Hitchhiking - The Highway to Ohio
The Highway to Ohio
By Charles Moffat - January 2008.
I have a long history of hitchhiking and there is always an edge of excitement whenever I do it. It is a bit like skydiving and roller coasters because it is both frightening and exhilarating.
To me the biggest disappointment is waiting for the cars. I have very little patience so I usually start walking backwards with my arm out. Walking alongside a dirty freezing American super-highway in the dead of March is not something I want to ever do again.
Let alone carrying a bag weighing 80 lbs on my back. It was my second time hitchhiking and I quickly learned that I should have packed a lot less books for the trip.
I had started out on my parents' farm in Ontario and walked down to the highway at the corner. A neighbor spotted me and gave a ride into town. Walking south of town I caught another ride that took me most of the way to London, Ontario. The driver was a pilot heading south-east to Toronto to pilot a plane and I was heading for the American border which was south-west. We made really good time because he was running late and speeding 20 to 40 km/h above the speed limit.
I hope he got there in time.
The next guy to pick me up was a delivery man going across the border, but due to company rules he couldn't take me across the border himself. I had to call a taxi.
I told the border guards I was a pall bearer at a funeral in Flint, Michigan (total lie, I was visiting a female friend near Columbus Ohio). I was 18 at the time and didn't feel very comfortable discussing my love life with American border security. Security in 1997 wasn't very tight and they practically waved me through at the Port Huron border.
It had only been about 2 hours since I had left my parents' farm.
I ended up walking through all of Port Huron. Lots of suburbia. It took about 4 hours. I got very tired of looking at substandard American housing. Eventually walked through some nicer newer sections and then on the outskirts of Port Huron, new construction.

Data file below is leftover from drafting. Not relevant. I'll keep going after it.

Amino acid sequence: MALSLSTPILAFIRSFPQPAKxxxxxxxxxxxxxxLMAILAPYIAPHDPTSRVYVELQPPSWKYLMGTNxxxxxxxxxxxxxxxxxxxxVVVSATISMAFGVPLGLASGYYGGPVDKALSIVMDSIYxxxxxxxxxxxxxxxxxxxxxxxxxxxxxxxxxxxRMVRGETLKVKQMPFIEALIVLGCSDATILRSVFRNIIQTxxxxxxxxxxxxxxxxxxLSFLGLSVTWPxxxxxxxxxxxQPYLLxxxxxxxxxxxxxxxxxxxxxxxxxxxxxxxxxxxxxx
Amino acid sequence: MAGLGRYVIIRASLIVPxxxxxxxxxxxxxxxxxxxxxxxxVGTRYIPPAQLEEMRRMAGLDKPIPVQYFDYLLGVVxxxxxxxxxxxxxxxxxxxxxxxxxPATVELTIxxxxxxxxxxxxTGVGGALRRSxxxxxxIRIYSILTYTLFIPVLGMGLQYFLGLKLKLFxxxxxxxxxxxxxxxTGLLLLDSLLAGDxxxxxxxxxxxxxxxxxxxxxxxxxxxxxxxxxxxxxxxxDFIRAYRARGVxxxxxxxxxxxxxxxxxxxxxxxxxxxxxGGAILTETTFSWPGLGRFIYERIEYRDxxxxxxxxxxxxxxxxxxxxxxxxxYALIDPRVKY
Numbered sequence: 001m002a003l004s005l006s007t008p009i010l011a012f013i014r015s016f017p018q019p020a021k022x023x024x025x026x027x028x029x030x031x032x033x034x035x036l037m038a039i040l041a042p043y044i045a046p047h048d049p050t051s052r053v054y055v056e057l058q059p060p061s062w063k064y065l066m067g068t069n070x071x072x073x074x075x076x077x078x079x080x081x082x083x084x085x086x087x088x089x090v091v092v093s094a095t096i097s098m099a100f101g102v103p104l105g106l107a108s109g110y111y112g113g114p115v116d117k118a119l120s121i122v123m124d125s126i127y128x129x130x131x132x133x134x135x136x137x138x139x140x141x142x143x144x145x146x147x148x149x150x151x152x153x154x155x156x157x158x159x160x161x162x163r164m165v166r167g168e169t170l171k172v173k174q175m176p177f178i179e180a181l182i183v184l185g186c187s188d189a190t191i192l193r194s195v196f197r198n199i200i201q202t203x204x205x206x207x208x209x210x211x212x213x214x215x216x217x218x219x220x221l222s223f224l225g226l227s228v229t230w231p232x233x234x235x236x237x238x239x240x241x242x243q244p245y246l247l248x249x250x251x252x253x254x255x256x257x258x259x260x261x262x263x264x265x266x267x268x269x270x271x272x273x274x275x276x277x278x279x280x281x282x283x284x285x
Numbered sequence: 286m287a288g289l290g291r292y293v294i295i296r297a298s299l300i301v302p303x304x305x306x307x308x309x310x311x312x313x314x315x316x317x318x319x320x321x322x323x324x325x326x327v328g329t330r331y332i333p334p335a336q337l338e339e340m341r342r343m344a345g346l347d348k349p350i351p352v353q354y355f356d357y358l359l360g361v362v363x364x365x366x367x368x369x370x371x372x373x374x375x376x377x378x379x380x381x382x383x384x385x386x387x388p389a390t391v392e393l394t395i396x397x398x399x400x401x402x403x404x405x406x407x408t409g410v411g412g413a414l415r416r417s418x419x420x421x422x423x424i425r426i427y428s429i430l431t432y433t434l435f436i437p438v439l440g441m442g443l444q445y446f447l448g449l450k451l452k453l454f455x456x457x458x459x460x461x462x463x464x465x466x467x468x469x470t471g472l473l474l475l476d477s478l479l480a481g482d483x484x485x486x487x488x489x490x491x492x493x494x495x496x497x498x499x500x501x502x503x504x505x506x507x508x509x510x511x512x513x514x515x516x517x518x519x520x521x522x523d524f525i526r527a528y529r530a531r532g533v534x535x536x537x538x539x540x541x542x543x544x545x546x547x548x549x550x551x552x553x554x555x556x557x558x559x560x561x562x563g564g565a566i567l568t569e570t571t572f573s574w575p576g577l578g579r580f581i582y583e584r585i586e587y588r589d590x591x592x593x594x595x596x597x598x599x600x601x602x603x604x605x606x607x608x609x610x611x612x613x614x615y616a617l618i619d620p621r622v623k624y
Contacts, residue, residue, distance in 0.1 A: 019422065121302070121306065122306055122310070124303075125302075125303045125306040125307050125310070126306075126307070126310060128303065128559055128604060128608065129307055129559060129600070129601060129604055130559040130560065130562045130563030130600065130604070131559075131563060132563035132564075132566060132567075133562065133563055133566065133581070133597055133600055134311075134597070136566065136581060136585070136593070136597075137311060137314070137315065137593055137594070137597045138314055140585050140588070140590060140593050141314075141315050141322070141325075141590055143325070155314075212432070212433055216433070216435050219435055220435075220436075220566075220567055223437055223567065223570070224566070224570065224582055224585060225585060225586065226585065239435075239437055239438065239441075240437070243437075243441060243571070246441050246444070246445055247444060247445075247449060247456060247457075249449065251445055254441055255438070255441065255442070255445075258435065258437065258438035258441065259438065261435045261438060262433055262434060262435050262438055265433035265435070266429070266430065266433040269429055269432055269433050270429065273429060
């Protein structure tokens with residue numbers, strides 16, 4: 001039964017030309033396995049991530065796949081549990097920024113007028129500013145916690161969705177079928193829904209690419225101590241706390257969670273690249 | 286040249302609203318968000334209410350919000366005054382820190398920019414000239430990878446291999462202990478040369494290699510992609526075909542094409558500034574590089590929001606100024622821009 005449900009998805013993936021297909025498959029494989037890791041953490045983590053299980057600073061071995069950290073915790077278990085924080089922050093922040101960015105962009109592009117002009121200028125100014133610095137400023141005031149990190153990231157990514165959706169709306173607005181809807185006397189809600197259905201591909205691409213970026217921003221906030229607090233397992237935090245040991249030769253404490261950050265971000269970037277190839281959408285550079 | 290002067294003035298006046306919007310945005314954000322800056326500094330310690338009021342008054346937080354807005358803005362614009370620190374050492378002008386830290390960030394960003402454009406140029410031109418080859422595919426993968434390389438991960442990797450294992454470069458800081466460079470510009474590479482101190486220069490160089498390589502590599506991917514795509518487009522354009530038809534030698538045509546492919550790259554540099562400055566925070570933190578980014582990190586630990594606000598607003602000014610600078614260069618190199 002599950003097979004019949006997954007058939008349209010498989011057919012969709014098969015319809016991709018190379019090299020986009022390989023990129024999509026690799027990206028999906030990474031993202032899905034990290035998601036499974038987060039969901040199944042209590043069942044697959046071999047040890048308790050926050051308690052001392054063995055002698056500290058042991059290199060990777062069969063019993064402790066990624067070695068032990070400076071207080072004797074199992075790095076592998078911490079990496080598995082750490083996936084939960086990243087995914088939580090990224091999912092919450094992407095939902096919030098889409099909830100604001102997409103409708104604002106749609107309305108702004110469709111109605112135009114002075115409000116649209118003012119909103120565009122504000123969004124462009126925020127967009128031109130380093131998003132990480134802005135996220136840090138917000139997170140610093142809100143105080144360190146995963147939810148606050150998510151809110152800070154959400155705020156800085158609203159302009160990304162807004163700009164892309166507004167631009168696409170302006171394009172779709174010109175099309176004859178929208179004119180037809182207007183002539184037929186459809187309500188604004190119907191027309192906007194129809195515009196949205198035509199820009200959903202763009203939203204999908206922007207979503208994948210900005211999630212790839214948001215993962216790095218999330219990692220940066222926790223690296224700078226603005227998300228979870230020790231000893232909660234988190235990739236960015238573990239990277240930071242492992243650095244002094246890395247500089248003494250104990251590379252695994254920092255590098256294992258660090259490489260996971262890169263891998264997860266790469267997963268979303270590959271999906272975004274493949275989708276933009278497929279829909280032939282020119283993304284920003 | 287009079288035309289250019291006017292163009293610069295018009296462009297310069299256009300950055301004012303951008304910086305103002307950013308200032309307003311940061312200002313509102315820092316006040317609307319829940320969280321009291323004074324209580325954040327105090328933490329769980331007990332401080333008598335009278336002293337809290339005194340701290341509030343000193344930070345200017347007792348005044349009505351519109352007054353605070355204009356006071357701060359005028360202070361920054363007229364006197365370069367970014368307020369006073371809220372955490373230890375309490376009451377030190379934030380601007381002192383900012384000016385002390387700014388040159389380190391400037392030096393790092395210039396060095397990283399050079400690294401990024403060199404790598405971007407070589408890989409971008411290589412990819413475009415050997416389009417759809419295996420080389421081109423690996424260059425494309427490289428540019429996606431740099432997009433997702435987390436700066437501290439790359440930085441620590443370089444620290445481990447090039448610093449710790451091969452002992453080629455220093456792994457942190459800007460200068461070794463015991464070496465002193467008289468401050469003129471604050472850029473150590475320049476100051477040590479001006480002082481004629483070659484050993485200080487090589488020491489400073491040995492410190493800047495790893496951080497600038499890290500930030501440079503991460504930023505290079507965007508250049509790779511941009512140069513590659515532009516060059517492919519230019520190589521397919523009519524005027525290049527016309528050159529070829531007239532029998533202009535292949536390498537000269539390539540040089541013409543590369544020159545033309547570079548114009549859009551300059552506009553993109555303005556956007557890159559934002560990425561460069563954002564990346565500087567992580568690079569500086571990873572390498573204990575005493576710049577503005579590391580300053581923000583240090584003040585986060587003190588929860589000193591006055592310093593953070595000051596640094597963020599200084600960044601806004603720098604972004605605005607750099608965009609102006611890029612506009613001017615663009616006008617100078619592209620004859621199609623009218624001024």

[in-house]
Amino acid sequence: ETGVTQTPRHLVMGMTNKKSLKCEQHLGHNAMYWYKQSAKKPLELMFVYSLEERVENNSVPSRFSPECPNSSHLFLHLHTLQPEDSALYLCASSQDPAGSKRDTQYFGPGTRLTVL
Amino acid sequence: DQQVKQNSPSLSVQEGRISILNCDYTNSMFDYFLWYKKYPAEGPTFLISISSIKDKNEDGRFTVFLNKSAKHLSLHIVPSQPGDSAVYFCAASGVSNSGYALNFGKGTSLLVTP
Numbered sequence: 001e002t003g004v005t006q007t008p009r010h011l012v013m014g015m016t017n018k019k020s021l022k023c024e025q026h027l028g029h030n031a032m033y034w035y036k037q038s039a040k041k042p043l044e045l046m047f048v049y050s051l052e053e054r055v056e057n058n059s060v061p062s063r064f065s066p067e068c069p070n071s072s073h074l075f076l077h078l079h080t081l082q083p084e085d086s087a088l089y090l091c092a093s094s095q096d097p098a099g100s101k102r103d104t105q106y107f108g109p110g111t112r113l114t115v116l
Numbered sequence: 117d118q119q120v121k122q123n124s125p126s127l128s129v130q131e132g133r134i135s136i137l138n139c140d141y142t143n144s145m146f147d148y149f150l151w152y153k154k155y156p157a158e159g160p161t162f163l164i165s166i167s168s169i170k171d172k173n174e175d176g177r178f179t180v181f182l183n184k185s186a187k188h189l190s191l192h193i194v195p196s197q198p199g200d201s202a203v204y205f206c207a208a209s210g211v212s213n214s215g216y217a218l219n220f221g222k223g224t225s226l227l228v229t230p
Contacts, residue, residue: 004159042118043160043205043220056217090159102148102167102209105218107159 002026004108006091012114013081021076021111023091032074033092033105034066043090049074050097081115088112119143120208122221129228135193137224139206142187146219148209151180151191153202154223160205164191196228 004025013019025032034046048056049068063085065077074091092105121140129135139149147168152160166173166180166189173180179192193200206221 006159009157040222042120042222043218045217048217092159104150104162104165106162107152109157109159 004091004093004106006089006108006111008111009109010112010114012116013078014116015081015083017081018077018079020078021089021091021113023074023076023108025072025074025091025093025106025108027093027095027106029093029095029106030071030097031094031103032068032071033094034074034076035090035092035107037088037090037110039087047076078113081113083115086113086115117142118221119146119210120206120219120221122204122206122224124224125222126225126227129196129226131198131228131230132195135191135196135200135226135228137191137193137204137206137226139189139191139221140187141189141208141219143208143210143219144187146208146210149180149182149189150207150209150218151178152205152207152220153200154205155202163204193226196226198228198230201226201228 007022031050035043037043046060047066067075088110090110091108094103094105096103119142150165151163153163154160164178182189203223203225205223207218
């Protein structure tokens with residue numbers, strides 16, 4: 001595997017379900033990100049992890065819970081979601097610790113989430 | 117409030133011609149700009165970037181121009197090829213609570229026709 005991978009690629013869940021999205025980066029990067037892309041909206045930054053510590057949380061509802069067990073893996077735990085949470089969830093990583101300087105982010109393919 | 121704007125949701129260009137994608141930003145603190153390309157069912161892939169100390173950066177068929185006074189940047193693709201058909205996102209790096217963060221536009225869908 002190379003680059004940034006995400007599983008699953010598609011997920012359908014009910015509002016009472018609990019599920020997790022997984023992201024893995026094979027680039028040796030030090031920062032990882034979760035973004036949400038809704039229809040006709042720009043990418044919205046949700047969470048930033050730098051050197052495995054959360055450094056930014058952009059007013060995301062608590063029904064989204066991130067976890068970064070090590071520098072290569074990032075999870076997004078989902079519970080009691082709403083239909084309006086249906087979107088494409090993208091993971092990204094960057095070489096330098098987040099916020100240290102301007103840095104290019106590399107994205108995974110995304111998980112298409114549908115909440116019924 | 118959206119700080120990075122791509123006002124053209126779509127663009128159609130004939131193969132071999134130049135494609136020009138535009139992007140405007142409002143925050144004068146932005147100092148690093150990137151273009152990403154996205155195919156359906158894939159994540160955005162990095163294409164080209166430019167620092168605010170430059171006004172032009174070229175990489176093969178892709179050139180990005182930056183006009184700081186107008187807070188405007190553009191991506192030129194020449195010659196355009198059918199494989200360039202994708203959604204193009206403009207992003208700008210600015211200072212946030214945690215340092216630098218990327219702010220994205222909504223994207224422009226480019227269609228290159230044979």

Finding another highway I finally caught a ride with another delivery truck, this one delivering a smashed up sports car on a flatbed to Pontiac on the outskirts of Detroit. (The story behind the smashed sports car was that it had belonged to a rich young man who had gone speeding down a hill and ran into the corner of a Mack truck, causing the car to somersault in the air and land on its side. The one side of the car looked perfectly fine but the other side was demolished and crumpled inwards.) He dropped me off near a highway and it wasn't even a minute when another car stopped and picked me up.
It was an older man, mid-fifties, and a lawyer. He jokingly told me at one point that if he could find a woman that could tell when he was lying that he'd marry her. Again he dropped me off near a highway and it wasn't long before I was picked up.
This time it was a truck driver heading to Chicago. Pay dirt! He dropped me off on Highway #23 south of Flint. From here I could catch a truck or something going all the way
Or not. I walked for hours and it was getting late.
To pass the time I sang 100 bottles of beer on the wall, talked to god, threatened god, kicked pop cans on the side of road. It was cold and snowing a bit and there was no one even slowing down. Actually that is not true. One bunch of idiots swerved at me and tried to hit me.
That gave me something to complain about and I did so loudly until I came across a derelict old Ford big rig rotting in a field. It looked like it had been built in the 1960s and hadn't moved since the 1970s. I hopped the fence and checked to see if the door would open. It was clean and relatively warm inside compared to the cold outside.
So I slept the night in a rusting Ford, sleeping fitfully due to the cold. I awoke to sunlight and feeling horrible. I brushed my hair, ate a snack I was carrying and headed out.
I was a bit confused because it had been dark last night and I wanted to make sure I was actually on the right highway. Walking through a small town I spotted a police cruiser and asked directions. He gave me the directions but then stopped me.
He decided to call in to dispatch and report a "suspicious character" (confirmation that I looked horrible in addition to feeling it). He looked at my ID and eventually I went on my way. I stopped at a McDonald's in the same town and decided to get some breakfast (and shaved in the bathroom).
Heading south of town I got picked up a young mother (she couldn't have been much older than I was) with two kids, ages 1 and 3. The oldest was a boy and I sat in the back with him while he counted trucks out the back window.
"One truck. Two truck. Two truck. Two truck."
Apparently he understood plural but hadn't yet grasped the concept of three.